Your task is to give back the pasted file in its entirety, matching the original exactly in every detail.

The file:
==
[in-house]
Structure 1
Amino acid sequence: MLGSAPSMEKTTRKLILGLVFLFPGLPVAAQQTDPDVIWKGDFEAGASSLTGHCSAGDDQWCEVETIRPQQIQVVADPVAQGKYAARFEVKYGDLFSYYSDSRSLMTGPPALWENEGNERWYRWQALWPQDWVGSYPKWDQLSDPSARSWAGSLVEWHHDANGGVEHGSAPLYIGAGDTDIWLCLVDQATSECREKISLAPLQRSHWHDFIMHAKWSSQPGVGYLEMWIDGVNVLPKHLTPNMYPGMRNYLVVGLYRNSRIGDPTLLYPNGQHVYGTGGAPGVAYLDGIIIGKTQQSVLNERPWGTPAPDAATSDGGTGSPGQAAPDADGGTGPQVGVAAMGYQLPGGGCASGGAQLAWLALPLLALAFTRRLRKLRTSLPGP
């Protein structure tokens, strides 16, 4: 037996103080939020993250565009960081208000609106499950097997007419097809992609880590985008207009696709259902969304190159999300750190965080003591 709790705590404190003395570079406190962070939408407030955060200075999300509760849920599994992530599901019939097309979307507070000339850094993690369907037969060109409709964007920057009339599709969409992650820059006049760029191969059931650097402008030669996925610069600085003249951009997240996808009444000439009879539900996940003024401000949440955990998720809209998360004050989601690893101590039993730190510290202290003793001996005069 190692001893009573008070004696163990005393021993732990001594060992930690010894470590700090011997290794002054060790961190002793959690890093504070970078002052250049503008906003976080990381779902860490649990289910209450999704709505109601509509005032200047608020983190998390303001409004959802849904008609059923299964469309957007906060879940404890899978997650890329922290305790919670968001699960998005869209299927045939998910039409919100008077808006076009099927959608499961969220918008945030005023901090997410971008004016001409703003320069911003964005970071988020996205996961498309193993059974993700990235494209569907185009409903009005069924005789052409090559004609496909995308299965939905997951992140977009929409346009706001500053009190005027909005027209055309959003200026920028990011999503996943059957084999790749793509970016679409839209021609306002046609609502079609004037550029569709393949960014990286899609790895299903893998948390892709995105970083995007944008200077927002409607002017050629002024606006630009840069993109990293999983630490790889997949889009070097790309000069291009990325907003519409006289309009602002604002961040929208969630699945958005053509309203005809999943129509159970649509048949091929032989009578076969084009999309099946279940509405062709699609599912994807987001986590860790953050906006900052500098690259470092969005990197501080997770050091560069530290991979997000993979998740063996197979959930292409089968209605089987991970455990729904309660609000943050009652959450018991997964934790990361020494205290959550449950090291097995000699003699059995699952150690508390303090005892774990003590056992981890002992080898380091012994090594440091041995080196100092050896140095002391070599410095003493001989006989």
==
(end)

[in-house]
Structure 1
Amino acid sequence: MLGSAPSMEKTTRKLILGLVFLFPGLPVAAQQTDPDVIWKGDFEAGASSLTGHCSAGDDQWCEVETIRPQQIQVVADPVAQGKYAARFEVKYGDLFSYYSDSRSLMTGPPALWENEGNERWYRWQALWPQDWVGSYPKWDQLSDPSARSWAGSLVEWHHDANGGVEHGSAPLYIGAGDTDIWLCLVDQATSECREKISLAPLQRSHWHDFIMHAKWSSQPGVGYLEMWIDGVNVLPKHLTPNMYPGMRNYLVVGLYRNSRIGDPTLLYPNGQHVYGTGGAPGVAYLDGIIIGKTQQSVLNERPWGTPAPDAATSDGGTGSPGQAAPDADGGTGPQVGVAAMGYQLPGGGCASGGAQLAWLALPLLALAFTRRLRKLRTSLPGP
């Protein structure tokens, strides 16, 4: 037996103080939020993250565009960081208000609106499950097997007419097809992609880590985008207009696709259902969304190159999300750190965080003591 709790705590404190003395570079406190962070939408407030955060200075999300509760849920599994992530599901019939097309979307507070000339850094993690369907037969060109409709964007920057009339599709969409992650820059006049760029191969059931650097402008030669996925610069600085003249951009997240996808009444000439009879539900996940003024401000949440955990998720809209998360004050989601690893101590039993730190510290202290003793001996005069 190692001893009573008070004696163990005393021993732990001594060992930690010894470590700090011997290794002054060790961190002793959690890093504070970078002052250049503008906003976080990381779902860490649990289910209450999704709505109601509509005032200047608020983190998390303001409004959802849904008609059923299964469309957007906060879940404890899978997650890329922290305790919670968001699960998005869209299927045939998910039409919100008077808006076009099927959608499961969220918008945030005023901090997410971008004016001409703003320069911003964005970071988020996205996961498309193993059974993700990235494209569907185009409903009005069924005789052409090559004609496909995308299965939905997951992140977009929409346009706001500053009190005027909005027209055309959003200026920028990011999503996943059957084999790749793509970016679409839209021609306002046609609502079609004037550029569709393949960014990286899609790895299903893998948390892709995105970083995007944008200077927002409607002017050629002024606006630009840069993109990293999983630490790889997949889009070097790309000069291009990325907003519409006289309009602002604002961040929208969630699945958005053509309203005809999943129509159970649509048949091929032989009578076969084009999309099946279940509405062709699609599912994807987001986590860790953050906006900052500098690259470092969005990197501080997770050091560069530290991979997000993979998740063996197979959930292409089968209605089987991970455990729904309660609000943050009652959450018991997964934790990361020494205290959550449950090291097995000699003699059995699952150690508390303090005892774990003590056992981890002992080898380091012994090594440091041995080196100092050896140095002391070599410095003493001989006989």